Charles Dickens and Reading, Berkshire.

Charles Dickens and Reading, Berkshire.2018-09-08T16:18:33+00:00

Reading is the county town of Berkshire, England, located 37 miles (60 km) west of London. It is in the Thames Valley at the confluence of the River Thames and River Kennet, and on both the Great Western Main Line railway and the M4 motorway. Charles Dickens has a number of connections with the town including being asked to represent it as a Member of Parliament.

 

Thomas Talfourd.

Thomas Noon Talfourd (1795 – 1854) was an English judge, politician and author who was elected as Member of Parliament for Reading in the 1835 general election. He was voted in again just two years later when another general election was triggered by the death of King William IV. However, Talfourd chose not to stand at the subsequent election of 1841. Talfourd was a close friend of Charles Dickens after he helped the author in copyright battles. In return, Dickens dedicated his novel The Pickwick Papers to Talfourd. Talfourd introduced a copyright bill in 1837, but after a series of set-backs had to re-introduce it until it was finally adopted in law by 1842.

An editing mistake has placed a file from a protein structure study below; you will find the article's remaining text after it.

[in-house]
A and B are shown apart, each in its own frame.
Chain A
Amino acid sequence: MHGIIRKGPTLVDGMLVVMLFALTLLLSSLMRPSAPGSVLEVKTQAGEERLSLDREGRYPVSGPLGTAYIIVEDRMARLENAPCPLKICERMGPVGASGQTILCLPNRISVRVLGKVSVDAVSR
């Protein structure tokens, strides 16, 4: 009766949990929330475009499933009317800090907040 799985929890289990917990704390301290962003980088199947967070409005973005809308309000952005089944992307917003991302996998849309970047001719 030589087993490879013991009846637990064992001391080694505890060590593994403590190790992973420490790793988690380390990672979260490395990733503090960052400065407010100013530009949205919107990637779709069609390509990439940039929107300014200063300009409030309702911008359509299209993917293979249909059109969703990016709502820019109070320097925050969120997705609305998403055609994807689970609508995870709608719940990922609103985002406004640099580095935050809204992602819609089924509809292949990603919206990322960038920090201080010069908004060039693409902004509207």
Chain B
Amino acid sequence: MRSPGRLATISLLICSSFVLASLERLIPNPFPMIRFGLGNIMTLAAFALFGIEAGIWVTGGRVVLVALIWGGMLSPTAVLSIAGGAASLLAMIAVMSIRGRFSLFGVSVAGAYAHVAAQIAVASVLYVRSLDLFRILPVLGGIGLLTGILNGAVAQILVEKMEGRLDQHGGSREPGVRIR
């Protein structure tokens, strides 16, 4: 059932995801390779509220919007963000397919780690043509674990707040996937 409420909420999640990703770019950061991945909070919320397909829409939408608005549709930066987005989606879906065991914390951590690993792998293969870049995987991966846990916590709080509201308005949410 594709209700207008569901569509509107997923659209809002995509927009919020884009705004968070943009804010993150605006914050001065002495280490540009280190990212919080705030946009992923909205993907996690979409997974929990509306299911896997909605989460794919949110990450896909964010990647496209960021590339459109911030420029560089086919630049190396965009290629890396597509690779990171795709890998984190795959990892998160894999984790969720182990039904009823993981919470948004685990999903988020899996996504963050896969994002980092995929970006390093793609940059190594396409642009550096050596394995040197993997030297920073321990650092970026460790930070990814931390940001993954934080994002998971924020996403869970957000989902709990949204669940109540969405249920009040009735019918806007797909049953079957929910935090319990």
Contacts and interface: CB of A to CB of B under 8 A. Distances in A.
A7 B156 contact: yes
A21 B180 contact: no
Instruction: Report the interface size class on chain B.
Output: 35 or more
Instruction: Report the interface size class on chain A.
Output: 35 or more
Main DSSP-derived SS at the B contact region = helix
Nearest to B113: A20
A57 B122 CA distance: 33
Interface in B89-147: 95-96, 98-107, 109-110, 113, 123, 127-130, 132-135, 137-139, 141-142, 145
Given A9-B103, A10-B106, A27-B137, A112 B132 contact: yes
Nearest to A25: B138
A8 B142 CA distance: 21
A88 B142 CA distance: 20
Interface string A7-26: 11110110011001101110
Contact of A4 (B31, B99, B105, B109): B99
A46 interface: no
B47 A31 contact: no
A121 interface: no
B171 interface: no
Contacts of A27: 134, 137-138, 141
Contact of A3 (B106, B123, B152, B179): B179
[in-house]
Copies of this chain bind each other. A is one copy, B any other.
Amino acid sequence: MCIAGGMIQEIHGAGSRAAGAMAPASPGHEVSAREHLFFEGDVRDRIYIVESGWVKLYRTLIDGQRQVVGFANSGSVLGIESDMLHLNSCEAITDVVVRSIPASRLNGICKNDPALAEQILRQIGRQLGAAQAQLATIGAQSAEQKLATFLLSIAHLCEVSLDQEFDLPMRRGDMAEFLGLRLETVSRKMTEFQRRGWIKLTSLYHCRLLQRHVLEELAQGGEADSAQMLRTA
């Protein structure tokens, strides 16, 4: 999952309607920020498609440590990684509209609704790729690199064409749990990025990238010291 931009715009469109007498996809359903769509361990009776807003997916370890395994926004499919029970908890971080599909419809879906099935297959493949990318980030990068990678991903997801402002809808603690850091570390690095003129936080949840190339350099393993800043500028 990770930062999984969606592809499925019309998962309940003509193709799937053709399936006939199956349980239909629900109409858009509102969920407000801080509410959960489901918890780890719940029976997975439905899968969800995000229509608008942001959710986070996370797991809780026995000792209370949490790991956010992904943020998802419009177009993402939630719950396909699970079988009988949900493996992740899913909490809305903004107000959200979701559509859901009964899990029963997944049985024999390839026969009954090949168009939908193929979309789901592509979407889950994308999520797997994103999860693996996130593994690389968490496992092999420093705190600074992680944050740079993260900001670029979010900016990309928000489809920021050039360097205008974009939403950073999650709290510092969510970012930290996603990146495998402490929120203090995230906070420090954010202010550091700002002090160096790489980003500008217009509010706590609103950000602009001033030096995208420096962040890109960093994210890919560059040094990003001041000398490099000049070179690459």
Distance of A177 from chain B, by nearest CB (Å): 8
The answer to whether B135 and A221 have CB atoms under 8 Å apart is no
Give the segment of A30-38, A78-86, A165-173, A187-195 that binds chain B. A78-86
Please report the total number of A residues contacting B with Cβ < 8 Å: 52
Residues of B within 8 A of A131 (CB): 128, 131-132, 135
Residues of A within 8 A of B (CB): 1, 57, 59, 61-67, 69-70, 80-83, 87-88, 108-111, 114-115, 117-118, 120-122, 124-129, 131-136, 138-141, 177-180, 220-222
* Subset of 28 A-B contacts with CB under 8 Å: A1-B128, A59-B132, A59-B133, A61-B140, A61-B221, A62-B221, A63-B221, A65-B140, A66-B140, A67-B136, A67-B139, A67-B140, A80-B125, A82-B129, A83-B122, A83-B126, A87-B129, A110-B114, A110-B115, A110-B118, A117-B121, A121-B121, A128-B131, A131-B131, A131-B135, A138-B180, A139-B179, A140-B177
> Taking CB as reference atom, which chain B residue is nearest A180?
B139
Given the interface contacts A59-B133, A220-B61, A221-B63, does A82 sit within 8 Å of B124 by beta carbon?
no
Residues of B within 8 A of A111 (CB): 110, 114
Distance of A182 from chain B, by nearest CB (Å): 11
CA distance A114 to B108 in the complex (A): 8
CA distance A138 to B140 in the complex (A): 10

1841 Candidature.

In 1841, one of the most prominent booksellers in Reading, George Lovejoy, wrote to Charles Dickens asking him if he would consider standing as the Member of Parliament for the town. Dickens 

 

 

1858 Visit.

November (8, Monday). Gives a reading at the town’s New Hall. Reads the story of Little Paul from Dombey and Son and the trial scene from The Pickwick Papers.

Locations.

Title Description
New Hall

 

 

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